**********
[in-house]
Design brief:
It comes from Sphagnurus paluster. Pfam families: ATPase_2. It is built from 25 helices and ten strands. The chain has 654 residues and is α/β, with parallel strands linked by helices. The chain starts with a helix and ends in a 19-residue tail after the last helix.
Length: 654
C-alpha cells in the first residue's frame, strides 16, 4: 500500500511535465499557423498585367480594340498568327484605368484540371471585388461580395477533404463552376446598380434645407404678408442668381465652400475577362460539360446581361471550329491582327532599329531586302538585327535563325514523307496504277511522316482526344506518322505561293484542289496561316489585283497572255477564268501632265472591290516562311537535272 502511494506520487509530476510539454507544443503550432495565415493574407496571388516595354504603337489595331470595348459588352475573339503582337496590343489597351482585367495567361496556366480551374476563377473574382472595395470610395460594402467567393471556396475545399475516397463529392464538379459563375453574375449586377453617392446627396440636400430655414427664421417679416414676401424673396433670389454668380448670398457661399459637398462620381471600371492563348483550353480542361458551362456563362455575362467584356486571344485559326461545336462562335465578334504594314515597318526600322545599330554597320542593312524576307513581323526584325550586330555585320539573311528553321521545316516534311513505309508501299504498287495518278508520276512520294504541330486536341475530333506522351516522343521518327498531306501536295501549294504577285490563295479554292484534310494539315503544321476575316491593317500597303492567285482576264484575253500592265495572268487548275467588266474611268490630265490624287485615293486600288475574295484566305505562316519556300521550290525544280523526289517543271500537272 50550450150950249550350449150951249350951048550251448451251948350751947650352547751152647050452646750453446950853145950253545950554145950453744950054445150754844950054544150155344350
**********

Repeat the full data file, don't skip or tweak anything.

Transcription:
[in-house]
Design brief:
It comes from Sphagnurus paluster. Pfam families: ATPase_2. It is built from 25 helices and ten strands. The chain has 654 residues and is α/β, with parallel strands linked by helices. The chain starts with a helix and ends in a 19-residue tail after the last helix.
Length: 654
C-alpha cells in the first residue's frame, strides 16, 4: 500500500511535465499557423498585367480594340498568327484605368484540371471585388461580395477533404463552376446598380434645407404678408442668381465652400475577362460539360446581361471550329491582327532599329531586302538585327535563325514523307496504277511522316482526344506518322505561293484542289496561316489585283497572255477564268501632265472591290516562311537535272 502511494506520487509530476510539454507544443503550432495565415493574407496571388516595354504603337489595331470595348459588352475573339503582337496590343489597351482585367495567361496556366480551374476563377473574382472595395470610395460594402467567393471556396475545399475516397463529392464538379459563375453574375449586377453617392446627396440636400430655414427664421417679416414676401424673396433670389454668380448670398457661399459637398462620381471600371492563348483550353480542361458551362456563362455575362467584356486571344485559326461545336462562335465578334504594314515597318526600322545599330554597320542593312524576307513581323526584325550586330555585320539573311528553321521545316516534311513505309508501299504498287495518278508520276512520294504541330486536341475530333506522351516522343521518327498531306501536295501549294504577285490563295479554292484534310494539315503544321476575316491593317500597303492567285482576264484575253500592265495572268487548275467588266474611268490630265490624287485615293486600288475574295484566305505562316519556300521550290525544280523526289517543271500537272 50550450150950249550350449150951249350951048550251448451251948350751947650352547751152647050452646750453446950853145950253545950554145950453744950054445150754844950054544150155344350